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Rajasthan HC: Viscera Samples of Unidentified Dead Bodies be Preserve by Police Officials

2 min read

Aishwarya Rathore

Published on August 11, 2021 at 14:37 IST

The Jodhpur Bench of Rajasthan High Court directed that the concerned Police Officers must make prompt attempts to collect ‘viscera samples’ from unidentified dead bodies for DNA comparison. 

A Division Bench of Justices Sandeep Mehta and Manoj Kumar Garg noted,“We hereby direct that in all cases of unidentified dead bodies, the concerned Police Officials make immediate efforts to contact the nearest Medical College/CMHO/Medical Jurist for the purpose of collecting viscera samples from such bodies so that the same can be preserved for DNA comparison as and when required.”

Referring to the Supreme Court’s dictum in Lokniti Foundation v. Union of India & Ors., the Court advised the State of Rajasthan to enact legislation mandating DNA profiling of all unidentified dead bodies and missing persons to avoid unfortunate situations where relatives are either unable or unwilling to confirm the identity.

The petitioner, wife of Prem Ratan, approached the Court seeking directions to the Police Officer to produce the corpus of her husband, who was missing since 2019, suspecting him to be murdered by relatives who were eyeing his property.

The Police submitted that the very next day after the alleged disappearance of petitioner’s husband, a dead body of an elderly man resembling him had been found on the railway tracks whose photographs were snapped thereof.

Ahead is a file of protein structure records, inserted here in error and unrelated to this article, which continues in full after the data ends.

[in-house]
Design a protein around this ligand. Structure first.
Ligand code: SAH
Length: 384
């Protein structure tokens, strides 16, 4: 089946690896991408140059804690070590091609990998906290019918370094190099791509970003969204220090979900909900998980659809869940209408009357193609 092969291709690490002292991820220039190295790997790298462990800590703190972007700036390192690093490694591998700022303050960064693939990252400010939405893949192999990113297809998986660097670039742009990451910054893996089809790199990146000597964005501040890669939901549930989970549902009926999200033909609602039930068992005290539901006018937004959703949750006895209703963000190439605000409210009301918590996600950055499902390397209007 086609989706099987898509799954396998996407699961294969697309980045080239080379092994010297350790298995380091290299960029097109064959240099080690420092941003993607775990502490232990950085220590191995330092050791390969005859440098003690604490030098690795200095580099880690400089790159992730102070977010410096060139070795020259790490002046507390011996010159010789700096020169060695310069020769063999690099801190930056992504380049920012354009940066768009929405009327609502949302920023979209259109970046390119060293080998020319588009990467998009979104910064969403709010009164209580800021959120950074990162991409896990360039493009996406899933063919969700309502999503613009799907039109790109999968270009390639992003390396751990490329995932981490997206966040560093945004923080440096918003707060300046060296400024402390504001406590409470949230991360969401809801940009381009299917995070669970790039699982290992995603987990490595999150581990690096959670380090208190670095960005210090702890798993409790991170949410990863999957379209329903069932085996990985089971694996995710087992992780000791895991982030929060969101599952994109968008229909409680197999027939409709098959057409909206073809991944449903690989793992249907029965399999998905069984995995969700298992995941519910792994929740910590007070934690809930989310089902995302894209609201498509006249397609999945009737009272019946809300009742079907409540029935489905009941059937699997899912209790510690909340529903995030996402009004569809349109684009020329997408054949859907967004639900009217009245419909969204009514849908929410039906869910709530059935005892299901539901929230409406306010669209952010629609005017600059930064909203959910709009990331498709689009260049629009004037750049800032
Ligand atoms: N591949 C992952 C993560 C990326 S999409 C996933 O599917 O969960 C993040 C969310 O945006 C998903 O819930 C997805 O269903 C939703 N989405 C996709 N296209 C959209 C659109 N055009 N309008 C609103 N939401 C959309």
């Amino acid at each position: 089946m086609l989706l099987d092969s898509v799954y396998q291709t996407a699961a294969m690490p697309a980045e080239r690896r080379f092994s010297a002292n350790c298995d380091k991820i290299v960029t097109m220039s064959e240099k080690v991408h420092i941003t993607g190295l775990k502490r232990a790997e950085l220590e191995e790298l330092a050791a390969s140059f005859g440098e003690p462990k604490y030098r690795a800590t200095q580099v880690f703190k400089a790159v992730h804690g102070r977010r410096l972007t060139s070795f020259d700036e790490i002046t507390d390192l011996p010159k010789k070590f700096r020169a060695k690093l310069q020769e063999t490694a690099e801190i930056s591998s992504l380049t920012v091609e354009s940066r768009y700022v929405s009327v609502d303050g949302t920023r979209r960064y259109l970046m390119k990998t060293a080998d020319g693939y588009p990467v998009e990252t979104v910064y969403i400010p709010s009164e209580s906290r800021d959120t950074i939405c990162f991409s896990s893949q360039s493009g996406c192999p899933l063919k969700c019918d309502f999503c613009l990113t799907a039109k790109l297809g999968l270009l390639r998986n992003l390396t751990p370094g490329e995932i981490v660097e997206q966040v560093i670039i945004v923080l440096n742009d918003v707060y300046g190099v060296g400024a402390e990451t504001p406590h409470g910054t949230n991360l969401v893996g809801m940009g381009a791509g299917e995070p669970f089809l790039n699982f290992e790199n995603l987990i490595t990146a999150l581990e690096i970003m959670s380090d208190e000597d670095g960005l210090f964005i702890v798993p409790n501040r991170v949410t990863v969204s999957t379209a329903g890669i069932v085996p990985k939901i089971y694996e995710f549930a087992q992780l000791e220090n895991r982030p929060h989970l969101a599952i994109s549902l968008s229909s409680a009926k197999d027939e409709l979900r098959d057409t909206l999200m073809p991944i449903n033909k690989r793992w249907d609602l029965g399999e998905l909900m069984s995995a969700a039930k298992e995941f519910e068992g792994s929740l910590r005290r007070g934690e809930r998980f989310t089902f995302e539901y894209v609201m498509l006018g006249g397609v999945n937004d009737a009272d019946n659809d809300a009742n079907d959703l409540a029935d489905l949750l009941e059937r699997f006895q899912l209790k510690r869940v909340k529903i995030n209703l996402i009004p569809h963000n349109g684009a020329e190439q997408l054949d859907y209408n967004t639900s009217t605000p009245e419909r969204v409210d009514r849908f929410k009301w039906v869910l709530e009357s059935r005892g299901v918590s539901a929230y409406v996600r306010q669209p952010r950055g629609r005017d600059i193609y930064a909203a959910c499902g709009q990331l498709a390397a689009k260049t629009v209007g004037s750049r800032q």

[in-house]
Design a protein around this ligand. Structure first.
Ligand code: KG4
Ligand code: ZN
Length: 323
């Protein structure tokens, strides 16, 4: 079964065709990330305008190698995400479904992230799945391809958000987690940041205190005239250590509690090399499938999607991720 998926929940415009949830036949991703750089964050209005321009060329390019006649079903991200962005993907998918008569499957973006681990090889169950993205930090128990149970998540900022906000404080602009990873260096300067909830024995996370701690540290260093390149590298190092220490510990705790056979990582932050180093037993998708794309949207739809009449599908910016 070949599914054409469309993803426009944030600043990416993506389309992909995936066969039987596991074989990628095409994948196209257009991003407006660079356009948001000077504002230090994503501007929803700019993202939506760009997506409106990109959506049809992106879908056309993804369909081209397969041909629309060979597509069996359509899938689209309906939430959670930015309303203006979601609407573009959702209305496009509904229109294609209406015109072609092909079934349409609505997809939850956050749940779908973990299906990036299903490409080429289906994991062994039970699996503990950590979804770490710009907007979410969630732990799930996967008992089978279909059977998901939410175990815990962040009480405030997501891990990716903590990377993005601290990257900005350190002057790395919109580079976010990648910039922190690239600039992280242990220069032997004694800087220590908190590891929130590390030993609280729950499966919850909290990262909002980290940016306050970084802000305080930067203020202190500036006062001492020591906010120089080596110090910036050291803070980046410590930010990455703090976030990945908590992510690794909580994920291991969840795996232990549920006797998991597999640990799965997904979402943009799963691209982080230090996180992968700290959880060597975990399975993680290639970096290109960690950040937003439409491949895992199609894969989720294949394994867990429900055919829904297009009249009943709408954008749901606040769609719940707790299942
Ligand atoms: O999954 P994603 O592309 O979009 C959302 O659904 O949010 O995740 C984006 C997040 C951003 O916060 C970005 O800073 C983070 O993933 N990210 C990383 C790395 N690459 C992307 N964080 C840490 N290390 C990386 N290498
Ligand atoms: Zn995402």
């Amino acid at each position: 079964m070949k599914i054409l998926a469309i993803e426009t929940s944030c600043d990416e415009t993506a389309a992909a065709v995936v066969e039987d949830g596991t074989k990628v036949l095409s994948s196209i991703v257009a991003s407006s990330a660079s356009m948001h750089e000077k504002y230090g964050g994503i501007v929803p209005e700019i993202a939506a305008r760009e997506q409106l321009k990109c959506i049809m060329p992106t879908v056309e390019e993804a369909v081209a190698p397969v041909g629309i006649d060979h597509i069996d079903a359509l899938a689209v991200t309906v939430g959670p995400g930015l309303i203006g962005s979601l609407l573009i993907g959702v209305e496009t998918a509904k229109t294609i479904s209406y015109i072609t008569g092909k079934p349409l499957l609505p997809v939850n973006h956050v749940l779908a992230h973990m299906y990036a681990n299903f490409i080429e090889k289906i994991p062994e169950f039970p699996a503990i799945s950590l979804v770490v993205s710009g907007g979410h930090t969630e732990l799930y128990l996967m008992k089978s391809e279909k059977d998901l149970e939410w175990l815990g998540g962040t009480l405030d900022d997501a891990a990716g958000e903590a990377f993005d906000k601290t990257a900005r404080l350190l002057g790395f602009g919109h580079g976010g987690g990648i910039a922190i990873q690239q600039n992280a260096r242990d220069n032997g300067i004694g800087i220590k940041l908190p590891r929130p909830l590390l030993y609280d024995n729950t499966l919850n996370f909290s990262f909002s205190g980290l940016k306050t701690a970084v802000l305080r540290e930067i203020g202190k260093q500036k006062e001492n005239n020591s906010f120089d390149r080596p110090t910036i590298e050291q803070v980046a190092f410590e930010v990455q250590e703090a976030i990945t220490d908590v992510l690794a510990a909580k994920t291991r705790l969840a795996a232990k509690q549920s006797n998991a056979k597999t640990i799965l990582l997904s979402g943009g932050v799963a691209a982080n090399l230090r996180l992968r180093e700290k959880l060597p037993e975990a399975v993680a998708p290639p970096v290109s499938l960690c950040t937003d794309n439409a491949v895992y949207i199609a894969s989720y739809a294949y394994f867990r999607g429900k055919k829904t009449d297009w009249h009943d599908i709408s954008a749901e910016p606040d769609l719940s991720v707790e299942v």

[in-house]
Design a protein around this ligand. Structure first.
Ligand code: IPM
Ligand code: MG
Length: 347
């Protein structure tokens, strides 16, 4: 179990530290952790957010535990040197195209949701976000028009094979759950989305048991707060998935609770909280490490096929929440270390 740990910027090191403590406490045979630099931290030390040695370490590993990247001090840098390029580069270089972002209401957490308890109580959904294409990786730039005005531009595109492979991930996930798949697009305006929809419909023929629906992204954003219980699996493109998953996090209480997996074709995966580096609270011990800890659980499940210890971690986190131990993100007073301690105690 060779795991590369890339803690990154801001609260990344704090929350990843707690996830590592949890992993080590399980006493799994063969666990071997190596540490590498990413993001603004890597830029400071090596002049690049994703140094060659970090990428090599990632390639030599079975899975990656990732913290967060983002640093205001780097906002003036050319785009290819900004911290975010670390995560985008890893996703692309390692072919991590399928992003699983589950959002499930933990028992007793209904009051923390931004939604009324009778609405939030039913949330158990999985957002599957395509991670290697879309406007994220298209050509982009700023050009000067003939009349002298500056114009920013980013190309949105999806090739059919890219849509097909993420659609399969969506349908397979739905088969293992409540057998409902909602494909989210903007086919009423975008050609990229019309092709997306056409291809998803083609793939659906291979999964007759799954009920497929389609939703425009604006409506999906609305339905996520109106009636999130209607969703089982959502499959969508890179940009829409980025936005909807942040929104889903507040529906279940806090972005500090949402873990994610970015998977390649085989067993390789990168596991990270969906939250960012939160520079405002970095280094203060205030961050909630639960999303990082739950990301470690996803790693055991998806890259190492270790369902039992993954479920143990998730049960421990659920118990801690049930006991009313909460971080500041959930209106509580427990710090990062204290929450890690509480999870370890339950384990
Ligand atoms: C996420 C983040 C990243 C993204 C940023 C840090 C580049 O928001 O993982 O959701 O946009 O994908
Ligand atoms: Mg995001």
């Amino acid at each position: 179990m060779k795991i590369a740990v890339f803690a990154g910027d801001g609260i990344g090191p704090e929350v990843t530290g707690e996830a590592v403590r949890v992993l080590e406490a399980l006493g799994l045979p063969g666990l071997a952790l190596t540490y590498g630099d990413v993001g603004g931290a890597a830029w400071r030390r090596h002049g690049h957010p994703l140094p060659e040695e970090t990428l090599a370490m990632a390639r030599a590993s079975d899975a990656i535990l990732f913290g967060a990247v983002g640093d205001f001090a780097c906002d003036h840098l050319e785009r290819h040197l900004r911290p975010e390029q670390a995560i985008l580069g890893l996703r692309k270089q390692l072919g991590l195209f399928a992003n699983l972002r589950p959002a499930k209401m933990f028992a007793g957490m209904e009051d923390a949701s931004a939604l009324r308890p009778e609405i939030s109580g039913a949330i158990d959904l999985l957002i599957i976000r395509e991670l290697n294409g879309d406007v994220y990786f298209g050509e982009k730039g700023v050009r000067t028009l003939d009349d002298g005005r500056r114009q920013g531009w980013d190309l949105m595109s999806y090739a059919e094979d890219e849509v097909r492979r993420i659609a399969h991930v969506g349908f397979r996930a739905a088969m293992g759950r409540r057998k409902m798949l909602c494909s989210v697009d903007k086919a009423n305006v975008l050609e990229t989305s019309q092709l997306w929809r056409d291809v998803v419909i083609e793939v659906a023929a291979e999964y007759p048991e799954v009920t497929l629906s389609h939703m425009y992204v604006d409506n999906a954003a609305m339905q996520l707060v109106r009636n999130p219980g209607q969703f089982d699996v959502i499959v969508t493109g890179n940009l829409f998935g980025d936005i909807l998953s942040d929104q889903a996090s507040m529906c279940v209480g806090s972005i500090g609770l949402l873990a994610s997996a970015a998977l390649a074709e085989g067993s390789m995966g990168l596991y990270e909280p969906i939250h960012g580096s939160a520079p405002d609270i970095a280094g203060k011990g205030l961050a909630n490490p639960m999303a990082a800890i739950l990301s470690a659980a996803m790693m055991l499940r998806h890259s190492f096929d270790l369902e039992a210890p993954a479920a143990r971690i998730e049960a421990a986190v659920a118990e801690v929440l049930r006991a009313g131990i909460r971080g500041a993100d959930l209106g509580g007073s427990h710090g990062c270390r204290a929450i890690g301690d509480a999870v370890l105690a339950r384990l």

However, the petitioner and her son refused to identify the dead body as Prem Ratan.

It was also submitted that, unfortunately, DNA samples were not preserved to establish the body’s identity.

The Court then cited the judgment of Horilal v. Commissioner of Police, Delhi, in which Police Officials were given five-point directions to follow in the case of missing persons. These directions included the publishing of pictures, inquiry in the neighbourhood and all other likely places, inquiry into ongoing and past disputes, searching hospitals and mortuaries, and announcing rewards.

Advocate Gupta drew the Court’s attention to the judgment in Pensiliya v. The Commissioner of Police (2014), urging that similar standard procedures should be adopted in Rajasthan. Taking note of the Madras High Court’s directions in Pensiliya, the Court advised the Rajasthan Police to implement the same with necessary modifications.

While disposing of the petition, the Court instructed that a copy of the Order be given to the Home Secretary, Government of Rajasthan, Jaipur, and the Director General of Police, Rajasthan for compliance.

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